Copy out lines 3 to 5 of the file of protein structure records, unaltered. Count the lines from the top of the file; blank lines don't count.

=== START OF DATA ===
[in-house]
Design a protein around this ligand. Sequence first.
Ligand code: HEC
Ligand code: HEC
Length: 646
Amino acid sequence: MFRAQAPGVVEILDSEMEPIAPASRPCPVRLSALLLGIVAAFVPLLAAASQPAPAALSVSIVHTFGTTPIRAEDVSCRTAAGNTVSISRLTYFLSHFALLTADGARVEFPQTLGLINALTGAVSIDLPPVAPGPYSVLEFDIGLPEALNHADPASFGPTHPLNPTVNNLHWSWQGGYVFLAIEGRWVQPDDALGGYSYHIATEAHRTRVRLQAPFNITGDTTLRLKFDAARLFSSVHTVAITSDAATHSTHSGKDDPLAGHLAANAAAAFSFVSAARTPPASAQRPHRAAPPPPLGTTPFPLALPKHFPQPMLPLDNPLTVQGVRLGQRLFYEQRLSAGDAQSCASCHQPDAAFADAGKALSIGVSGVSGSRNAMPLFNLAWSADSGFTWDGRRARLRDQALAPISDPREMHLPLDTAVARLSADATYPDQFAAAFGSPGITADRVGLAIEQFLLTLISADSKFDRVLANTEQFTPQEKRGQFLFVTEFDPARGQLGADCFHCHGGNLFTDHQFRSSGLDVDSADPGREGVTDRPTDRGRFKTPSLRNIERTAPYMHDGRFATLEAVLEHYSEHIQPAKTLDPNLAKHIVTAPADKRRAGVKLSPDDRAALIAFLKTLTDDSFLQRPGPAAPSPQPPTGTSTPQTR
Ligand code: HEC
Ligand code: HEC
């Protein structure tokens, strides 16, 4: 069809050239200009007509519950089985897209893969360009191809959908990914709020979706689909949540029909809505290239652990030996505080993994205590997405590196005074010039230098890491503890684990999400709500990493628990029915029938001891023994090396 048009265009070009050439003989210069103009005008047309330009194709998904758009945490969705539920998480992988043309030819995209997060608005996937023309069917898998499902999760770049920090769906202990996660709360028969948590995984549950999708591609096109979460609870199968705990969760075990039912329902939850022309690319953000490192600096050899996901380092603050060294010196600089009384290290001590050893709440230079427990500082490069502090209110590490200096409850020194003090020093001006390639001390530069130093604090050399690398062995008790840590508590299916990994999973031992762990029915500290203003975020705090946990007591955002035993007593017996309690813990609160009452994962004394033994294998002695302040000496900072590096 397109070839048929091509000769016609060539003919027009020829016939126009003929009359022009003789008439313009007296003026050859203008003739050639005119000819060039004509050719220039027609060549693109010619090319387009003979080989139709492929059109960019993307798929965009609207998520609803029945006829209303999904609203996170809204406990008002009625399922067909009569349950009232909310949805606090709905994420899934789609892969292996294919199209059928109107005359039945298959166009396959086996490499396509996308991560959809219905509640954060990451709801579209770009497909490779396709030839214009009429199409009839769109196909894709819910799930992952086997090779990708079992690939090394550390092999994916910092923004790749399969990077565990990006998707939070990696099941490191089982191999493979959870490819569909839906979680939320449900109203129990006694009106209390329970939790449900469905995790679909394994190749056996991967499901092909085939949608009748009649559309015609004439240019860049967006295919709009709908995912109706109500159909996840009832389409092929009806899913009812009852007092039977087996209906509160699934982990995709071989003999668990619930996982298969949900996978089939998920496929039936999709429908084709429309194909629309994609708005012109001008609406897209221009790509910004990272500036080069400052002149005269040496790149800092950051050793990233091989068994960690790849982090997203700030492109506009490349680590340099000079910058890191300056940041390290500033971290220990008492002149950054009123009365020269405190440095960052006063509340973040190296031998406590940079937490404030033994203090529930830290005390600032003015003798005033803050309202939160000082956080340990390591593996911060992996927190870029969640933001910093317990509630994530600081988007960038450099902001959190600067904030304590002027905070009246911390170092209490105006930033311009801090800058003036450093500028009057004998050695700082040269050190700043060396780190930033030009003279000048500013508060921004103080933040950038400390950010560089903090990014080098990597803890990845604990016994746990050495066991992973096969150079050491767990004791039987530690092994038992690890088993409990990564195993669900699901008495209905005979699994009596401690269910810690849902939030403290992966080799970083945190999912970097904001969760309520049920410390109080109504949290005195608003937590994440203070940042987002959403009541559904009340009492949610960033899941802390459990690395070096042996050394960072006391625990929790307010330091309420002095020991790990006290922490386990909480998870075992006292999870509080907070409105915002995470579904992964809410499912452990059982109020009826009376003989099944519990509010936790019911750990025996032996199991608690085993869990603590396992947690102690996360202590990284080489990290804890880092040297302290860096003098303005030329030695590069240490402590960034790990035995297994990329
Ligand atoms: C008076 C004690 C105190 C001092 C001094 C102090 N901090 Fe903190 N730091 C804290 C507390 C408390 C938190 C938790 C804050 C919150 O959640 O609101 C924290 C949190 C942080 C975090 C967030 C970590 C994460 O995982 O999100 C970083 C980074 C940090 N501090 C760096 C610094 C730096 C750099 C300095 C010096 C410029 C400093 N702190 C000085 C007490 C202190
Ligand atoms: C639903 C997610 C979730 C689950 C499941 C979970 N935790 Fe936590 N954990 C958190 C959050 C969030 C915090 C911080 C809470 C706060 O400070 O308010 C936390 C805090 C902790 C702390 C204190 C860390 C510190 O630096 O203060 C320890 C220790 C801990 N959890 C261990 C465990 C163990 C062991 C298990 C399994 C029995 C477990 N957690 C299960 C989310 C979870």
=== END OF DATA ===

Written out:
Ligand code: HEC
Ligand code: HEC
Length: 646